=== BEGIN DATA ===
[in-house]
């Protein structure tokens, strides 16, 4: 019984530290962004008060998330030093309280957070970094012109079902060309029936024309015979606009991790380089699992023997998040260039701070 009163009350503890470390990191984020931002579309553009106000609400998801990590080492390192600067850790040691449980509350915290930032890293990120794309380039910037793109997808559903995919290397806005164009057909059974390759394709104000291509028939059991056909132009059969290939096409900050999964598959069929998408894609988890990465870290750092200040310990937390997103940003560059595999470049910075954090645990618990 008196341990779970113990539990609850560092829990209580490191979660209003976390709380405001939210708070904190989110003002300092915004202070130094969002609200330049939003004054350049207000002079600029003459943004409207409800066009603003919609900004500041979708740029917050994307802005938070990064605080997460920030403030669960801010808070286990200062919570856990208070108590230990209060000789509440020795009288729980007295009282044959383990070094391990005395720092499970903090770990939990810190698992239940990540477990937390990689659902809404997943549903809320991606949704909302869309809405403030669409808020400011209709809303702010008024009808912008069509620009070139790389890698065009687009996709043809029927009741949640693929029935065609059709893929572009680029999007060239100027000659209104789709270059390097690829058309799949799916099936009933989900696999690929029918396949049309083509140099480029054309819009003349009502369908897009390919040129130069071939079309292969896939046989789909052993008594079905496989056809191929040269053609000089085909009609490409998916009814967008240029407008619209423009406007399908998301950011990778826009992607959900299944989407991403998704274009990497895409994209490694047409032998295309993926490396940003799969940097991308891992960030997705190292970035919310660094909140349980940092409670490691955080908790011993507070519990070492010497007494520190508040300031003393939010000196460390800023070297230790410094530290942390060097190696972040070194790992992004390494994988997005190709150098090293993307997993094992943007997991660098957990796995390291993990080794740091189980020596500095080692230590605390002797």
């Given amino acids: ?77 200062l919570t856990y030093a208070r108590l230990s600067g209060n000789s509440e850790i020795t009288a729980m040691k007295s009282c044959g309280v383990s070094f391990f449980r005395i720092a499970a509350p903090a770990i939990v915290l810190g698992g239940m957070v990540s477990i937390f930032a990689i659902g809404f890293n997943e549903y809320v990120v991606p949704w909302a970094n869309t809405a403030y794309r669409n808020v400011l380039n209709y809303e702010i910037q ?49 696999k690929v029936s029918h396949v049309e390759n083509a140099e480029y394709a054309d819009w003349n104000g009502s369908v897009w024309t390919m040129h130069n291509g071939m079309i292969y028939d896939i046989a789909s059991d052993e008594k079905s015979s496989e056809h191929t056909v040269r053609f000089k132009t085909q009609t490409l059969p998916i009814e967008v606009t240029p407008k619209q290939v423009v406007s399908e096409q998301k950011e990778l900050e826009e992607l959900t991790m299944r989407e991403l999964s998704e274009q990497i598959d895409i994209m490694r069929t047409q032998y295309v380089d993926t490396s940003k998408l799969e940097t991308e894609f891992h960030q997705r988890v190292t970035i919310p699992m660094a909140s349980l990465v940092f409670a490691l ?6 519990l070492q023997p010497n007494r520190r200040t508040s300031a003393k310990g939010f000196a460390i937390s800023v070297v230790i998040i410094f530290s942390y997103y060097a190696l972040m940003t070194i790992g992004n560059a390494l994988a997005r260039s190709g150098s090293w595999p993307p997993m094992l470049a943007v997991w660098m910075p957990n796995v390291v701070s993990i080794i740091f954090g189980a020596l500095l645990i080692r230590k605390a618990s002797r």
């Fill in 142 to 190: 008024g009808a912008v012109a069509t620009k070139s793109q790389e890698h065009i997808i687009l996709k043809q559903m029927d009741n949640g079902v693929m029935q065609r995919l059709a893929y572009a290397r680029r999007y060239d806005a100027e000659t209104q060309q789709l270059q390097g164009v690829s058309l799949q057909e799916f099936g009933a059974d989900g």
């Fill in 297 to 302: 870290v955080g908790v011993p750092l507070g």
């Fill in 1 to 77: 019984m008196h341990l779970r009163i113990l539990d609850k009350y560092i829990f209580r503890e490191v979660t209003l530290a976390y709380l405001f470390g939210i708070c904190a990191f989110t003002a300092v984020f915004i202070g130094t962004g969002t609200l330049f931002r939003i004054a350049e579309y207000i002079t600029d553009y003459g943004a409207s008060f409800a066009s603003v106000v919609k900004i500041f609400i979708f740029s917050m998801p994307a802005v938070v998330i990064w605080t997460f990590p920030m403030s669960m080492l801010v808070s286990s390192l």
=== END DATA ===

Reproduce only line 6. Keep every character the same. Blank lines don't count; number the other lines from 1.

């Fill in 1 to 77: 019984m008196h341990l779970r009163i113990l539990d609850k009350y560092i829990f209580r503890e490191v979660t209003l530290a976390y709380l405001f470390g939210i708070c904190a990191f989110t003002a300092v984020f915004i202070g130094t962004g969002t609200l330049f931002r939003i004054a350049e579309y207000i002079t600029d553009y003459g943004a409207s008060f409800a066009s603003v106000v919609k900004i500041f609400i979708f740029s917050m998801p994307a802005v938070v998330i990064w605080t997460f990590p920030m403030s669960m080492l801010v808070s286990s390192l």